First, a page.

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Posts Tagged ‘passive-aggressive’

American claims InfoSys CEO is Dagwood’s PHB

Recently the CEO of InfoSys generated a bit of buzz by claiming that American programmers are mostly unemployable. I’d have to agree with him on one count – someone with his outdated ideas of organizational behavior should probably go elsewhere to find people more experienced in passive-aggressive colonial dynamics.

To put this in perspective, let me recount an adventure I had while in India a few years back. I was living in a rural area at the time, and on a visit to the greater New Delhi area to get a laptop fixed I ended up in the same building as a recent acquaintance named Ganpathi. I called him to ask if I could visit and he agreed. I came upstairs, signed in, and he took me into the office where he worked, and introduced me to his boss. The boss asked Ganpathi and I to follow him to a conference room and told Ganpathi he was not allowed to have any visitors here, and when we were done chit-chatting he could go home and don’t bother coming back again. Then he left the room.

In case you missed that, the guy was fired without notice or warning. And in case you were wondering, he didn’t work in the control room of a nuclear reactor. This is the management paradigm that InfoSys can’t really keep in the US because of employment law, but at the very least they would prefer to hire people who don’t object to being treated this way.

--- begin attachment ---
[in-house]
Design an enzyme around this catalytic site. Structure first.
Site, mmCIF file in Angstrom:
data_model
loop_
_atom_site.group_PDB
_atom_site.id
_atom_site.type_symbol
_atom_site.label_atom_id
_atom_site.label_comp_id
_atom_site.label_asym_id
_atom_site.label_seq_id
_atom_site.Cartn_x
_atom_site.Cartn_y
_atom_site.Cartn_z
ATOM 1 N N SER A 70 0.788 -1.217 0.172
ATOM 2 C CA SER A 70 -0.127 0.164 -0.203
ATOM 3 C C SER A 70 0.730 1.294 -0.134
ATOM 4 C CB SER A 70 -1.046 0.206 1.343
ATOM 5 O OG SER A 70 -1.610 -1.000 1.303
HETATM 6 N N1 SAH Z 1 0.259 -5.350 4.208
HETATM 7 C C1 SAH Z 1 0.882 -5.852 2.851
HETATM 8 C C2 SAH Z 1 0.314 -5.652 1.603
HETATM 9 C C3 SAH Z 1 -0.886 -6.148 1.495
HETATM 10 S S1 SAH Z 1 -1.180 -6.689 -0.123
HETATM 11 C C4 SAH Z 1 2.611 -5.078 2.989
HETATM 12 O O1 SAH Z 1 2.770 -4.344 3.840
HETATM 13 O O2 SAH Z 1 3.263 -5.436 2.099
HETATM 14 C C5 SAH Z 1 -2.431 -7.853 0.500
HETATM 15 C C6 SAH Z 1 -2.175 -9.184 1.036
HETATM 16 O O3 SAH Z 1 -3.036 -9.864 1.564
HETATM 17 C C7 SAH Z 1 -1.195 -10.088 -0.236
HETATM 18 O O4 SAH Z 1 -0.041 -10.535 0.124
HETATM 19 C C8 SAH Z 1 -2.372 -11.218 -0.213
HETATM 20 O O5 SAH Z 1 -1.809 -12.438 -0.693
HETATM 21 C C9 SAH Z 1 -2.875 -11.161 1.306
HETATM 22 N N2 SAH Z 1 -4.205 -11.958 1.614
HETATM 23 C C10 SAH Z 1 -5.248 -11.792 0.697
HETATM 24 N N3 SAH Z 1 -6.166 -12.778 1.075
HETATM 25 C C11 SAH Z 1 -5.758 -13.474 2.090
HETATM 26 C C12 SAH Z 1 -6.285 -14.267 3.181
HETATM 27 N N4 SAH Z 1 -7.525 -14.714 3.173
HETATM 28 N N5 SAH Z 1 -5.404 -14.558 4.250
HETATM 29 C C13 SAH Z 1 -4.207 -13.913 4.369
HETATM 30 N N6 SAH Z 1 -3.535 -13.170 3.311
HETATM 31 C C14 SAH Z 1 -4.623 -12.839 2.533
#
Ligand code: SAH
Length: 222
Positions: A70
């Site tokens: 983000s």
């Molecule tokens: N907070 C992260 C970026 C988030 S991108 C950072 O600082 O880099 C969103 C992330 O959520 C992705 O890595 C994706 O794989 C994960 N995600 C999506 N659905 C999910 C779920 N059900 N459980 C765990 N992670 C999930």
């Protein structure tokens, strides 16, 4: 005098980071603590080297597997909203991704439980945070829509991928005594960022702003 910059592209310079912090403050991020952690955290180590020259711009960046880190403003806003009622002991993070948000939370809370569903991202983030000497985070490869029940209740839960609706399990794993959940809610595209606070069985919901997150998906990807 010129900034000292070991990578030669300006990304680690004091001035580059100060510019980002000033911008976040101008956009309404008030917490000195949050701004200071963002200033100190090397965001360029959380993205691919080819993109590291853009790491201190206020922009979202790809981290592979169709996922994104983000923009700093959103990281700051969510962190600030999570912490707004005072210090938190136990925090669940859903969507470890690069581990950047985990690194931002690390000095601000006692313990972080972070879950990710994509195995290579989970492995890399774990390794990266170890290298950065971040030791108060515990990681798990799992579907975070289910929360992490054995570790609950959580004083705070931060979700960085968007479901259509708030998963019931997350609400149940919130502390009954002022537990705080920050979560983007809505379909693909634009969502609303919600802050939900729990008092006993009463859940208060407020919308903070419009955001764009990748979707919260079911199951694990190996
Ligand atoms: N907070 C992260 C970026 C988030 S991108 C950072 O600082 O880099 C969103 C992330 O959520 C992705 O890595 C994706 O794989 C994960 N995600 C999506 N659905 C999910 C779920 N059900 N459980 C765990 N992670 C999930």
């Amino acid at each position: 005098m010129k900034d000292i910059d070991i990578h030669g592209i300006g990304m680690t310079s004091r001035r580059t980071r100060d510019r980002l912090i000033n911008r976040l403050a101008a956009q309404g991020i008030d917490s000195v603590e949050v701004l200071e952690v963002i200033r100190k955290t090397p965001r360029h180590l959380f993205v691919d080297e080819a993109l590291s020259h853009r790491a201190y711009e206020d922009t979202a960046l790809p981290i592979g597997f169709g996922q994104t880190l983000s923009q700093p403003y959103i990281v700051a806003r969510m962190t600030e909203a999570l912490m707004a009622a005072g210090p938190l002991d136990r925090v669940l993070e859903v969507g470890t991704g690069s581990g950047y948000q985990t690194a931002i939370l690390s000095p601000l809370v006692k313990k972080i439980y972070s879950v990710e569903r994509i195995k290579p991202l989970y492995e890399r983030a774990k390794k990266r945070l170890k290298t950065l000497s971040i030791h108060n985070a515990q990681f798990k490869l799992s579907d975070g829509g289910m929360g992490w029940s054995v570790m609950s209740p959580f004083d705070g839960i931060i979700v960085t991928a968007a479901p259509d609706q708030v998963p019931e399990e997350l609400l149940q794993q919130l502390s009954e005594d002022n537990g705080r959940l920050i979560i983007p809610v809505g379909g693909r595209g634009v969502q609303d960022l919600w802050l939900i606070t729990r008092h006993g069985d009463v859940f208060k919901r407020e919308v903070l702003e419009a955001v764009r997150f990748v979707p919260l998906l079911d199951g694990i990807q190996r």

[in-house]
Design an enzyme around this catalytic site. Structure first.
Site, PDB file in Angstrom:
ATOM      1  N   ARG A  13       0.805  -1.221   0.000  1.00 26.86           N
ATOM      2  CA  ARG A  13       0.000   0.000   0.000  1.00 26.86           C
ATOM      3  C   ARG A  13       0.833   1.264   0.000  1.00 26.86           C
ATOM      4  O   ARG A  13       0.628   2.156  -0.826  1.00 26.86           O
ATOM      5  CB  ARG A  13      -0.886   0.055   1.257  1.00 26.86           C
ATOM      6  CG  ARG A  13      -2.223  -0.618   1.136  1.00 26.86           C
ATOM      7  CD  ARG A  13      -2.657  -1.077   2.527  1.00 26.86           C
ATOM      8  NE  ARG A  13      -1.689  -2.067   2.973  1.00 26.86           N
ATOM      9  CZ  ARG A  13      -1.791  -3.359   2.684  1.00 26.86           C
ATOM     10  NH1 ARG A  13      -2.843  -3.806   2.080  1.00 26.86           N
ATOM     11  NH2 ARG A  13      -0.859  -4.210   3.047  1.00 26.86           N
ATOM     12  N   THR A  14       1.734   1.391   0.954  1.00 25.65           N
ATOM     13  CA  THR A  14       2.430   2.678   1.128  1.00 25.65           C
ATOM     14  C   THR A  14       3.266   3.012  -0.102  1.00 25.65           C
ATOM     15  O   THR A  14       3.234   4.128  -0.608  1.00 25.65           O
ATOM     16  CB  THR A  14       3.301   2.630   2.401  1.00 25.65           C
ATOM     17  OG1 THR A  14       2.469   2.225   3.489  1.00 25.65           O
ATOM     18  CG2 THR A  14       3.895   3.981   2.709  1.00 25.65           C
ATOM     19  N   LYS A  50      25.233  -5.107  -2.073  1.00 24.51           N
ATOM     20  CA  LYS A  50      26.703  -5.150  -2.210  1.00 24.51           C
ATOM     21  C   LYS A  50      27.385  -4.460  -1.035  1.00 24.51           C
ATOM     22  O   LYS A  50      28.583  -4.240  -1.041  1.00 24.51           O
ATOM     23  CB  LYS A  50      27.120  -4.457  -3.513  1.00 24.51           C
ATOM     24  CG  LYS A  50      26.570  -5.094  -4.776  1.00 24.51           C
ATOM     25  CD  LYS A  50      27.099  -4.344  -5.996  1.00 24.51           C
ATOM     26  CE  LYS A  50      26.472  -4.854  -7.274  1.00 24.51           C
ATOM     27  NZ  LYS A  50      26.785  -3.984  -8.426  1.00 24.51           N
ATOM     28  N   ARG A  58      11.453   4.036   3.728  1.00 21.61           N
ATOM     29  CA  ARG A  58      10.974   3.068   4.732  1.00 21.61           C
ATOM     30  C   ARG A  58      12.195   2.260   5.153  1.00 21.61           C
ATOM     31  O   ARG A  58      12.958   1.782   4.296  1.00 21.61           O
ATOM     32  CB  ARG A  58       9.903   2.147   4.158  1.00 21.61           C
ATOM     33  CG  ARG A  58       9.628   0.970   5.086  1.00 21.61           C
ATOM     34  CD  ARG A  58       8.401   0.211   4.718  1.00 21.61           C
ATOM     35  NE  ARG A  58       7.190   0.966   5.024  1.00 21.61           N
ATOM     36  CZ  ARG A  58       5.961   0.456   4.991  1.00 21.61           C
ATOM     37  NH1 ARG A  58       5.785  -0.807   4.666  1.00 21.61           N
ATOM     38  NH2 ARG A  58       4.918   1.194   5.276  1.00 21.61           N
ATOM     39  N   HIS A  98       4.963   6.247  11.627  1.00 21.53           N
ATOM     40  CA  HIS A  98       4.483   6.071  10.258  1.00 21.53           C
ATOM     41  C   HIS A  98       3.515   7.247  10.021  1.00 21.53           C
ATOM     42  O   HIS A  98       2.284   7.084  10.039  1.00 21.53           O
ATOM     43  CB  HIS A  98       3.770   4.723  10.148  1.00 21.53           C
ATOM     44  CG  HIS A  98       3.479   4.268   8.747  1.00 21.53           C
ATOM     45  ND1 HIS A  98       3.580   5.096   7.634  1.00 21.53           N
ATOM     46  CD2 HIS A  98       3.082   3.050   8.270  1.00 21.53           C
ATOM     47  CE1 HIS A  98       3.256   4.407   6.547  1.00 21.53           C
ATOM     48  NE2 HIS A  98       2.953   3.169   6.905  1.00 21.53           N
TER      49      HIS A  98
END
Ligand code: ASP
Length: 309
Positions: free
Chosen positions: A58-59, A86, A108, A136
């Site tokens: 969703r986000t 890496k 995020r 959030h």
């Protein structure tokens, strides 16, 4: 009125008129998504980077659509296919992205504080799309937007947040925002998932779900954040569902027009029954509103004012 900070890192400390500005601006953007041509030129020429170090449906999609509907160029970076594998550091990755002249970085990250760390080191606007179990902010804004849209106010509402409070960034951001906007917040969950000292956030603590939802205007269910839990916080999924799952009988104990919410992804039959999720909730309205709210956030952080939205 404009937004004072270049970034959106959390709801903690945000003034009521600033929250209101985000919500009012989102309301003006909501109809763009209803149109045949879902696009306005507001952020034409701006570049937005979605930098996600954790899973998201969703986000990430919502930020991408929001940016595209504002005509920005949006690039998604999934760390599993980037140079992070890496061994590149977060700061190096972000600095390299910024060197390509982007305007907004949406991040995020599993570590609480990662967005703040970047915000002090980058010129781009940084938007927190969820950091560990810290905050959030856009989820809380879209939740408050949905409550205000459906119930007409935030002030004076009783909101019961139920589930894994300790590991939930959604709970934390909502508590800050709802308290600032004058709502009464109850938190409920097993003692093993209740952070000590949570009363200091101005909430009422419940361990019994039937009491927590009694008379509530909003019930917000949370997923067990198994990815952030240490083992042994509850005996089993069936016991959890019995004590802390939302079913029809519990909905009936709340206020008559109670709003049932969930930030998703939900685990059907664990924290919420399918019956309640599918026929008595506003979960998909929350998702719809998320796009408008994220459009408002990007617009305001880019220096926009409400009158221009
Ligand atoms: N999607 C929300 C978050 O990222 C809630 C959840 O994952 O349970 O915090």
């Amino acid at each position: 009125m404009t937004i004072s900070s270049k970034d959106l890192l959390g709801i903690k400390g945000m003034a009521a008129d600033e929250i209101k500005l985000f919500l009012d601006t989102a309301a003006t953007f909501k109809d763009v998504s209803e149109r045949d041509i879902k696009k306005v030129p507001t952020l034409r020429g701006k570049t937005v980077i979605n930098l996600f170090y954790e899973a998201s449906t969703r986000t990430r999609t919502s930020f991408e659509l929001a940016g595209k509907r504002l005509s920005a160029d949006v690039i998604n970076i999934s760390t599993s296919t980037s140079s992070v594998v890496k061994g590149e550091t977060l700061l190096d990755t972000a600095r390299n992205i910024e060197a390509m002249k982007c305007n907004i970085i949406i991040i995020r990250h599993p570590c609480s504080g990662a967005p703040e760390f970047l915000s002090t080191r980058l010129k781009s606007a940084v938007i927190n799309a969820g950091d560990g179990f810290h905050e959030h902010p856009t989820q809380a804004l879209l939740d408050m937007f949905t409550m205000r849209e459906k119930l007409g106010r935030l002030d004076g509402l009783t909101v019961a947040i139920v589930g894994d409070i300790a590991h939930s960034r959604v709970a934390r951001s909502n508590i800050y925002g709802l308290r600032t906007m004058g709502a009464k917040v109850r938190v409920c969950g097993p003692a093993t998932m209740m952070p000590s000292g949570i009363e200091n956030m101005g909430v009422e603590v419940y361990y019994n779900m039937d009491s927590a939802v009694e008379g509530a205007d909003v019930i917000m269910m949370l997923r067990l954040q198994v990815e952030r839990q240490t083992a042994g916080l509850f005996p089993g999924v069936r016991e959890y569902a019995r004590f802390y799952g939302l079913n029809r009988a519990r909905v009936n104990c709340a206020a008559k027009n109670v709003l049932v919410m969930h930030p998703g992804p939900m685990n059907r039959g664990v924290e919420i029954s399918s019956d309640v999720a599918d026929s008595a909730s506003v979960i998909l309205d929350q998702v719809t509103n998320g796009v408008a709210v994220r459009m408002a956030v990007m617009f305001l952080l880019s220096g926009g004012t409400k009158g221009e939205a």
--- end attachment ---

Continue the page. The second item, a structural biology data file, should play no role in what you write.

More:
However, the companies that are really successful in India, like Microsoft and Convergys, have taken a more open approach to management which fosters creativity rather than the old-school colonial approach. They suffer from the same problems as technology companies elsewhere, such as competition amongst middle management and pressure to work more hours, but have discovered the real key to taking advantage of the Indian talent pool: you have a lot of raw talent to pick from, and you just need to create the right environment (both literally and organizationally) for them to thrive.

There are also those who feel the advantage of outsourcing is just getting things done cheaper, and there’s a niche for them as well. InfoSys is happy to take on their big projects and put hordes of people on them, and if any of them misbehave, they will be fired and replaced because with a billion people you can always find a replacement.